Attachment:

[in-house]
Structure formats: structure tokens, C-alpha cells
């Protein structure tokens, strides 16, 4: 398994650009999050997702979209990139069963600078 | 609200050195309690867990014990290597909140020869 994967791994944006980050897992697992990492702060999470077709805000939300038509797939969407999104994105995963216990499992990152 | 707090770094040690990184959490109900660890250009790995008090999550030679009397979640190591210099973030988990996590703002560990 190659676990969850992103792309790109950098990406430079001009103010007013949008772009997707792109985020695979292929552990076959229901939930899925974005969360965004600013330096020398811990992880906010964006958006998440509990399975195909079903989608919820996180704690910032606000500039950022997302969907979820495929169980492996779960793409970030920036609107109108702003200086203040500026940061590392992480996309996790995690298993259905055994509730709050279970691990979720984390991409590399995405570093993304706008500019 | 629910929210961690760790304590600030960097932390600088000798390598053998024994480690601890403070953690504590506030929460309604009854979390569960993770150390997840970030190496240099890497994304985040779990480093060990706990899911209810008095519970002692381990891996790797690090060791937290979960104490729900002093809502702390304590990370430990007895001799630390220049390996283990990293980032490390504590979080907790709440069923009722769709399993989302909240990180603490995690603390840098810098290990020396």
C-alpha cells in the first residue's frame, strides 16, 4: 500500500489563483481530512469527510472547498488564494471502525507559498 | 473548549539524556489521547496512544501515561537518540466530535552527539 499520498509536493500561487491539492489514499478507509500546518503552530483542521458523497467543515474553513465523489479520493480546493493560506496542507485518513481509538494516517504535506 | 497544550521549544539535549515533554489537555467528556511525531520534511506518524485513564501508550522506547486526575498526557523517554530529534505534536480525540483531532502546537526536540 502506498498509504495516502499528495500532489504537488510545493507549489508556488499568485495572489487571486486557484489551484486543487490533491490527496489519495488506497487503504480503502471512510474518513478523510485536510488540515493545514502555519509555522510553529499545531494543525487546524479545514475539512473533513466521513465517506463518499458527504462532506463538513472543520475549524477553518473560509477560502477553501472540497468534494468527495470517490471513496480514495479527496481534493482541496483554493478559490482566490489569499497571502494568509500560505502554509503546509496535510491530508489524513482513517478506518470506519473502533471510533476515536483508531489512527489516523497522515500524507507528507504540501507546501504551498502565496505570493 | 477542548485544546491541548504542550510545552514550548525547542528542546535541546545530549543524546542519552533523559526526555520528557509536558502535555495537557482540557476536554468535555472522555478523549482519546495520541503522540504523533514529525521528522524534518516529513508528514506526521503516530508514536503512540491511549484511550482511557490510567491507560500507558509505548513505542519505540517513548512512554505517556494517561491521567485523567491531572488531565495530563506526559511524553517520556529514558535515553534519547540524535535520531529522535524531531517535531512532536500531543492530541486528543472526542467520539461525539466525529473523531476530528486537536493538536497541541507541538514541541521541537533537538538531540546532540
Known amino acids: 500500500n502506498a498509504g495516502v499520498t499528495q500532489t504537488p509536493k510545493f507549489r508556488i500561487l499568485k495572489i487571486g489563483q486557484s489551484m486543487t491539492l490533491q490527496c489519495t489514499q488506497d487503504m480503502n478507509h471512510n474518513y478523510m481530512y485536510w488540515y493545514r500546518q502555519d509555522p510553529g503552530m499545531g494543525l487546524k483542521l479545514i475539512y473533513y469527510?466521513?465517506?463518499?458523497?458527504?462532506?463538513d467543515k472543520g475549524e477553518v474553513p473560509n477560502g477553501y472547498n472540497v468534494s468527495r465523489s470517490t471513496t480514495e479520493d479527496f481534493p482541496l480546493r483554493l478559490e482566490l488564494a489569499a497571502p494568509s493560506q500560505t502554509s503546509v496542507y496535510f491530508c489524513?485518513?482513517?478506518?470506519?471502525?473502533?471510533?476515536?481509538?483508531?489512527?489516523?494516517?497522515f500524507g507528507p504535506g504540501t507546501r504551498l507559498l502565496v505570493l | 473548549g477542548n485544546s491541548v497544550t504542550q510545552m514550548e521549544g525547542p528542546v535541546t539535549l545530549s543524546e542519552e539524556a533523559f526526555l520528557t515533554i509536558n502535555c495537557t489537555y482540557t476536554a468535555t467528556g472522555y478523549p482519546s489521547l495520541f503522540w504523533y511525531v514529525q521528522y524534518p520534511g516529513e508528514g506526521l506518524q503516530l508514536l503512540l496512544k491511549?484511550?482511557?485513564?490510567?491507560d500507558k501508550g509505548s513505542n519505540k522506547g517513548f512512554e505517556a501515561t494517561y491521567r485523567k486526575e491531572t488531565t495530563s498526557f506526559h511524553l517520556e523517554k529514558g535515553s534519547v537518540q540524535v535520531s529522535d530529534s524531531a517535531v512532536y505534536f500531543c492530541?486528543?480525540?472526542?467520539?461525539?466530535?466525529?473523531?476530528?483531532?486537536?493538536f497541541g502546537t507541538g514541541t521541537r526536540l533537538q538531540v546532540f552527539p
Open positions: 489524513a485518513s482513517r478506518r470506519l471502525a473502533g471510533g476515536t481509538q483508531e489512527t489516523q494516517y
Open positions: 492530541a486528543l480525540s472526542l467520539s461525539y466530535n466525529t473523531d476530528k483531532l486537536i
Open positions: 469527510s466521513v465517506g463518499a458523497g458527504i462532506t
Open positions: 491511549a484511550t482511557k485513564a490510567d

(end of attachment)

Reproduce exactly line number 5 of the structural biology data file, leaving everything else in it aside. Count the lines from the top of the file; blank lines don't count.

Known amino acids: 500500500n502506498a498509504g495516502v499520498t499528495q500532489t504537488p509536493k510545493f507549489r508556488i500561487l499568485k495572489i487571486g489563483q486557484s489551484m486543487t491539492l490533491q490527496c489519495t489514499q488506497d487503504m480503502n478507509h471512510n474518513y478523510m481530512y485536510w488540515y493545514r500546518q502555519d509555522p510553529g503552530m499545531g494543525l487546524k483542521l479545514i475539512y473533513y469527510?466521513?465517506?463518499?458523497?458527504?462532506?463538513d467543515k472543520g475549524e477553518v474553513p473560509n477560502g477553501y472547498n472540497v468534494s468527495r465523489s470517490t471513496t480514495e479520493d479527496f481534493p482541496l480546493r483554493l478559490e482566490l488564494a489569499a497571502p494568509s493560506q500560505t502554509s503546509v496542507y496535510f491530508c489524513?485518513?482513517?478506518?470506519?471502525?473502533?471510533?476515536?481509538?483508531?489512527?489516523?494516517?497522515f500524507g507528507p504535506g504540501t507546501r504551498l507559498l502565496v505570493l | 473548549g477542548n485544546s491541548v497544550t504542550q510545552m514550548e521549544g525547542p528542546v535541546t539535549l545530549s543524546e542519552e539524556a533523559f526526555l520528557t515533554i509536558n502535555c495537557t489537555y482540557t476536554a468535555t467528556g472522555y478523549p482519546s489521547l495520541f503522540w504523533y511525531v514529525q521528522y524534518p520534511g516529513e508528514g506526521l506518524q503516530l508514536l503512540l496512544k491511549?484511550?482511557?485513564?490510567?491507560d500507558k501508550g509505548s513505542n519505540k522506547g517513548f512512554e505517556a501515561t494517561y491521567r485523567k486526575e491531572t488531565t495530563s498526557f506526559h511524553l517520556e523517554k529514558g535515553s534519547v537518540q540524535v535520531s529522535d530529534s524531531a517535531v512532536y505534536f500531543c492530541?486528543?480525540?472526542?467520539?461525539?466530535?466525529?473523531?476530528?483531532?486537536?493538536f497541541g502546537t507541538g514541541t521541537r526536540l533537538q538531540v546532540f552527539p